“D&I is high on the agenda for organisations and combined with our own international network, legal expertise and dedication to D&I, I’m confident that clients will reap the benefits of this valuable combined offering,” Mr Foley said.

While no Australian clients are yet to work with Brook Graham, Mr Rennick said it was likely in the midterm that the service would expand beyond the UK market. He noted that the diversity and inclusion debate in corporate Australia is as healthy as it has ever been and that this service would be well received by clients.

“Brook Graham is a classic example of the firm providing different kinds of workplace services to clients, and diversity and inclusion is a really core part of that,” Mr Rennick said.

“We have added to and broadened our services to be able to also advise clients on diversity and inclusion. This is one of the suite of services and products we are offering to our clients which are broader than legal services,” he said.

Commenting on this expanded offering within his own firm, Mr Rennick noted that as the number of lawyers in traditional law firms shrunk the talent pool of employees with different skills would grow. He predicted that the demand for mathematicians and statisticians, for example, would increase to help firms address the needs of client businesses in a more comprehensive way.

This trend would also follow a greater reliance on technology to solve problems, the Australian head added.

“The smart law firms are building significantly around technology and how technology is applied to solve what has hitherto been legal problems,” Mr Rennick said.

“We do think that lawyers are going to have to work with other people, with other skills and disciplines, in order to deliver a more fulsome service to clients. At Pinsent Masons we’re experimenting with that, with artificial intelligence and big data, and experimenting with services that we describe as being adjacent to law.”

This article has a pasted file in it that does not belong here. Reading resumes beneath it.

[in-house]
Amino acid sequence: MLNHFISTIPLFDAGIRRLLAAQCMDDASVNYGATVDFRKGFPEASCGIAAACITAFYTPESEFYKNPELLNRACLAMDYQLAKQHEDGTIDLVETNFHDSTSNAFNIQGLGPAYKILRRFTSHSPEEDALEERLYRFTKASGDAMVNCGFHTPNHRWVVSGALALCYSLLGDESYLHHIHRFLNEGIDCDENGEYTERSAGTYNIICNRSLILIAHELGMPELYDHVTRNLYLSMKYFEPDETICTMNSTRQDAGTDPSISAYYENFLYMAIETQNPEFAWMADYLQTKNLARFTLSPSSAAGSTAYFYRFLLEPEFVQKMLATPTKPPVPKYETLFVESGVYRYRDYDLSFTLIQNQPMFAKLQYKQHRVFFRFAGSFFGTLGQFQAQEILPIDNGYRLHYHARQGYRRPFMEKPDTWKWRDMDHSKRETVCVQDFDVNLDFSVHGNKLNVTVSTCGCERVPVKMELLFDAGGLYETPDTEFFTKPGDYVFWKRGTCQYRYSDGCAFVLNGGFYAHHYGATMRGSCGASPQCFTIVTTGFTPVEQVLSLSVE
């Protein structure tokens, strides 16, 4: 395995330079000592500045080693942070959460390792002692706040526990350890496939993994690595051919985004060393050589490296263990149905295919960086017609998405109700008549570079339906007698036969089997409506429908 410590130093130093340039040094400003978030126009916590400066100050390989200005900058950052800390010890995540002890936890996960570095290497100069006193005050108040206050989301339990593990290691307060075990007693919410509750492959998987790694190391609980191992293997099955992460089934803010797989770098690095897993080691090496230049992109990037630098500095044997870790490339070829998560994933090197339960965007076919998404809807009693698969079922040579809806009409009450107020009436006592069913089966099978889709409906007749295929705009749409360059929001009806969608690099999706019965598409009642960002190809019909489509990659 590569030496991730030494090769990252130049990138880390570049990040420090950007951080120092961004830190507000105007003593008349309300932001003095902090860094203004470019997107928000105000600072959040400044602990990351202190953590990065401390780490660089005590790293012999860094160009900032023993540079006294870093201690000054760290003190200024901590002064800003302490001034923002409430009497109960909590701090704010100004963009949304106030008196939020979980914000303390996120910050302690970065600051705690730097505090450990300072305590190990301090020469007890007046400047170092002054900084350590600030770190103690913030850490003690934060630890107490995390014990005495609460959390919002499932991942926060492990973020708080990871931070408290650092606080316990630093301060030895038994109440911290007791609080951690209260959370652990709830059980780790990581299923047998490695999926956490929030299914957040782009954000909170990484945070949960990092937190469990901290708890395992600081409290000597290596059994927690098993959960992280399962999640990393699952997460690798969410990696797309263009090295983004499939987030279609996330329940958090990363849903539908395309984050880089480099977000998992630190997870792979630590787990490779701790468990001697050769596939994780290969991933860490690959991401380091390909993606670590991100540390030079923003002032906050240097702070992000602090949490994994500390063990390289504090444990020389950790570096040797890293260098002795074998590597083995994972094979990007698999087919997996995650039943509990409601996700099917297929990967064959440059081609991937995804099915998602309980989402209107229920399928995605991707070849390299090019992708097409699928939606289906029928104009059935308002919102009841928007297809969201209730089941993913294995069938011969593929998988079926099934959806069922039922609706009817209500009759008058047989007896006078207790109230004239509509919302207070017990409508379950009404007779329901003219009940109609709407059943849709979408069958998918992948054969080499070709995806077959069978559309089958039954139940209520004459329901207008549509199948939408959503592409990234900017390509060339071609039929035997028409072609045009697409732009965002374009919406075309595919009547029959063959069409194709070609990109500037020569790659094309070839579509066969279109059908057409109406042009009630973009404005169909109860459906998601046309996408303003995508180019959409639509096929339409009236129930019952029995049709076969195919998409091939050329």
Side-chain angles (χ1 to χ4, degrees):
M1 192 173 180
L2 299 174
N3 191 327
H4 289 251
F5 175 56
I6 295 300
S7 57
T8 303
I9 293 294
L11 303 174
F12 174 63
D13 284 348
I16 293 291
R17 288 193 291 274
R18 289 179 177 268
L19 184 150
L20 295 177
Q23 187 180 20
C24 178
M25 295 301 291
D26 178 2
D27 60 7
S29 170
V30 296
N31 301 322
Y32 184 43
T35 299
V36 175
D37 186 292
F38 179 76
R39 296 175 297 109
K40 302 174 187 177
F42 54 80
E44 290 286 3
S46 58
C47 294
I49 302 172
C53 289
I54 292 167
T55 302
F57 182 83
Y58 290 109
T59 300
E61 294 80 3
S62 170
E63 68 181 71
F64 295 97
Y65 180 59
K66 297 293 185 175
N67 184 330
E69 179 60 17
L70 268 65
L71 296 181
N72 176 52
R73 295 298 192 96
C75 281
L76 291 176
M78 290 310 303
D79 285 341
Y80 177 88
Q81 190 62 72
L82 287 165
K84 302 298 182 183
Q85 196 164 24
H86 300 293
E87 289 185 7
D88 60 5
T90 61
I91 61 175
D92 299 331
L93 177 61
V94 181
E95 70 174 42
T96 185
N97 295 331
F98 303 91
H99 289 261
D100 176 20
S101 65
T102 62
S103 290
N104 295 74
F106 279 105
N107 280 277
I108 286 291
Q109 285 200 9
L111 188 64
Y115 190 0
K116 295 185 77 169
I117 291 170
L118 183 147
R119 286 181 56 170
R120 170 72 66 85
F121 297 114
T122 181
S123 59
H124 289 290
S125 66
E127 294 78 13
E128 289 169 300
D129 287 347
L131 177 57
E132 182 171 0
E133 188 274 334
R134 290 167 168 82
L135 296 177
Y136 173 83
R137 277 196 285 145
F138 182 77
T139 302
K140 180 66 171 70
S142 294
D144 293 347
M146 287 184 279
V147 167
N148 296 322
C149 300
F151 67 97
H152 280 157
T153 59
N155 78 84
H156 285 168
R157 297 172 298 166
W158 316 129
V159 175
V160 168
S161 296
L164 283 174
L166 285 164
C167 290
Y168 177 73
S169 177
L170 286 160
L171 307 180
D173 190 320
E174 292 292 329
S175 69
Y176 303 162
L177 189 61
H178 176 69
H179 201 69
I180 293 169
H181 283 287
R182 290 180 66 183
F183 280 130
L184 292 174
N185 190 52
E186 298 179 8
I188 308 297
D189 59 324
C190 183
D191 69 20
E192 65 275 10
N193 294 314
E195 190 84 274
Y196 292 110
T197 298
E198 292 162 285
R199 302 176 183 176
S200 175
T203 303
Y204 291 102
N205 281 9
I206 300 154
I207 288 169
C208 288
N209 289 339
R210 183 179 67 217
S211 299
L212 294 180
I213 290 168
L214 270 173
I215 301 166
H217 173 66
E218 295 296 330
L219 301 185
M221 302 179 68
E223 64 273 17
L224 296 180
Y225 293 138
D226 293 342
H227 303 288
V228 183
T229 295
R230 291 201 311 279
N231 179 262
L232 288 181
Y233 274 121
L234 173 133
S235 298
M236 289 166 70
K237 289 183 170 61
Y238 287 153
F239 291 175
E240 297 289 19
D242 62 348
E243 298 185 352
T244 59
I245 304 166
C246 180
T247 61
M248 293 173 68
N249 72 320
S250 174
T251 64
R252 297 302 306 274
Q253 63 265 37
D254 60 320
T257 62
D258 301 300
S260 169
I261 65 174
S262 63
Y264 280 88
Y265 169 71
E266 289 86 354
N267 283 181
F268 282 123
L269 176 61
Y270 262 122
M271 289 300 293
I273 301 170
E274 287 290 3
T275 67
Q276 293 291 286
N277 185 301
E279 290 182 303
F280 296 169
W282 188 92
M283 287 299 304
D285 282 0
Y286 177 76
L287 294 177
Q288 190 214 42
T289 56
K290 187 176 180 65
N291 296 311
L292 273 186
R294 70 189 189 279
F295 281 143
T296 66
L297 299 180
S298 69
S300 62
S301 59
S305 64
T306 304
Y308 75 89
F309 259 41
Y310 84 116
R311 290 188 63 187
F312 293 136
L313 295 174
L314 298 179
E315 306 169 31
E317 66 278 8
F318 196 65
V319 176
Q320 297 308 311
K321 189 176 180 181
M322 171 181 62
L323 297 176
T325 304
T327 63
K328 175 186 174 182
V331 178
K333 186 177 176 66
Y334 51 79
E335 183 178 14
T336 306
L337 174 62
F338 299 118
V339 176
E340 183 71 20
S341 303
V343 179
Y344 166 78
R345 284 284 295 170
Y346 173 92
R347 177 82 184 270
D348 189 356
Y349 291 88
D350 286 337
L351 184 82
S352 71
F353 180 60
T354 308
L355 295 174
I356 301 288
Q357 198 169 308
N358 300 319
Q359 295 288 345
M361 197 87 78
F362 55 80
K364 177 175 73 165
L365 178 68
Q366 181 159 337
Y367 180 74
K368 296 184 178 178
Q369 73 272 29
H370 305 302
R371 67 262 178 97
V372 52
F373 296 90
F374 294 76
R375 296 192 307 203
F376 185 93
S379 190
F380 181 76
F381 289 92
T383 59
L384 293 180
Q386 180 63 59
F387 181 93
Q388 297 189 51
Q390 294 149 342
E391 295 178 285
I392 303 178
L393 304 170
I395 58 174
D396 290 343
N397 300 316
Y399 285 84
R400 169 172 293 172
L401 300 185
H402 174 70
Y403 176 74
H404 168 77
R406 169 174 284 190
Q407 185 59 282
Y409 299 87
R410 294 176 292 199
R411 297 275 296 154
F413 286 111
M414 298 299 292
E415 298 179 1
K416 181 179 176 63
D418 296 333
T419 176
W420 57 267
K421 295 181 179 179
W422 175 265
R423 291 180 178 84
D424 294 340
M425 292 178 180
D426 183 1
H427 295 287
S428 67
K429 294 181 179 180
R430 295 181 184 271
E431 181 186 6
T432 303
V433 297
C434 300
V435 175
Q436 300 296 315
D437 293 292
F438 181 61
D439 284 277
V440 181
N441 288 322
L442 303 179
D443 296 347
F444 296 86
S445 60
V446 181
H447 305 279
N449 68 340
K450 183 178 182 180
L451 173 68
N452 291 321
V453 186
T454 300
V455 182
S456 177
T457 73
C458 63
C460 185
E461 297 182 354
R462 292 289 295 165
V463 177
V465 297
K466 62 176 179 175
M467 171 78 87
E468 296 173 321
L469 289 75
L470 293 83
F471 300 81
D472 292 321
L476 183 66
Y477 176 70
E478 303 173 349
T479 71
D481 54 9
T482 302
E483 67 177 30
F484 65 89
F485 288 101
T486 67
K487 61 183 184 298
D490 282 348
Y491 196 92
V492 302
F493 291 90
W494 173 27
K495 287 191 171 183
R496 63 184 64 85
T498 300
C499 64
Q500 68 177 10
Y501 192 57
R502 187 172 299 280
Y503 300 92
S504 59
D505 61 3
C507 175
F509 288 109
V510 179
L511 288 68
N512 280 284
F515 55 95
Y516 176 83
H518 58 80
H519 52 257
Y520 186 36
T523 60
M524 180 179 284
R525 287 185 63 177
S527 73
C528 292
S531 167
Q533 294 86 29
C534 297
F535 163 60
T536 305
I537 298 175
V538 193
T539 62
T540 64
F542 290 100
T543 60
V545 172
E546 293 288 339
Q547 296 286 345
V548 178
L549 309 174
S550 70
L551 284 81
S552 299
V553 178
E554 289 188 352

Like this story? Read more:

QLS condemns actions of disgraced lawyer as ‘stain on the profession’

NSW proposes big justice reforms to target risk of reoffending

The legal budget breakdown 2017

Taking the traditional blinkers off business strategy in law
lawyersweekly logo
Promoted content
Recommended by Spike Native Network
more from lawyers weekly
Scales of Justice
Dec 15 2017
Timing ‘critical’ in unusual contempt of court ruling
A recent case could have interesting implications for contempt of court rulings, according to a Ferr...
Dec 14 2017
International arbitration and business culture
Promoted by Maxwell Chambers. This article discusses the impact of international arbitration on t...
Papua New Guinea flag
Dec 14 2017
World-first mining case launched in PNG
Citizens of Papua New Guinea have launched landmark legal proceedings against the country’s govern...
Allens managing partner Richard Spurio, image courtesy Allens' website
Jun 21 2017
Promo season at Allens
A group of lawyers at Allens have received promotions across its PNG and Australian offices. ...
May 11 2017
Partner exits for in-house role
A Victorian lawyer has left the partnership of a national firm to start a new gig with state governm...
Esteban Gomez
May 11 2017
National firm recruits ‘major asset’
A national law firm has announced it has appointed a new corporate partner who brings over 15 years'...
Nicole Rich
May 16 2017
Access to justice for young transgender Australians
Reform is looming for the process that young transgender Australians and their families must current...
Geoff Roberson
May 11 2017
The lighter side of the law: when law and comedy collide
On the face of it, there doesn’t seem to be much that is amusing about the law, writes Geoff Rober...
May 10 2017
Advocate’s immunity – without fear or without favour but not both
On 29 March 2017, the High Court handed down its decision in David Kendirjian v Eugene Lepore & ...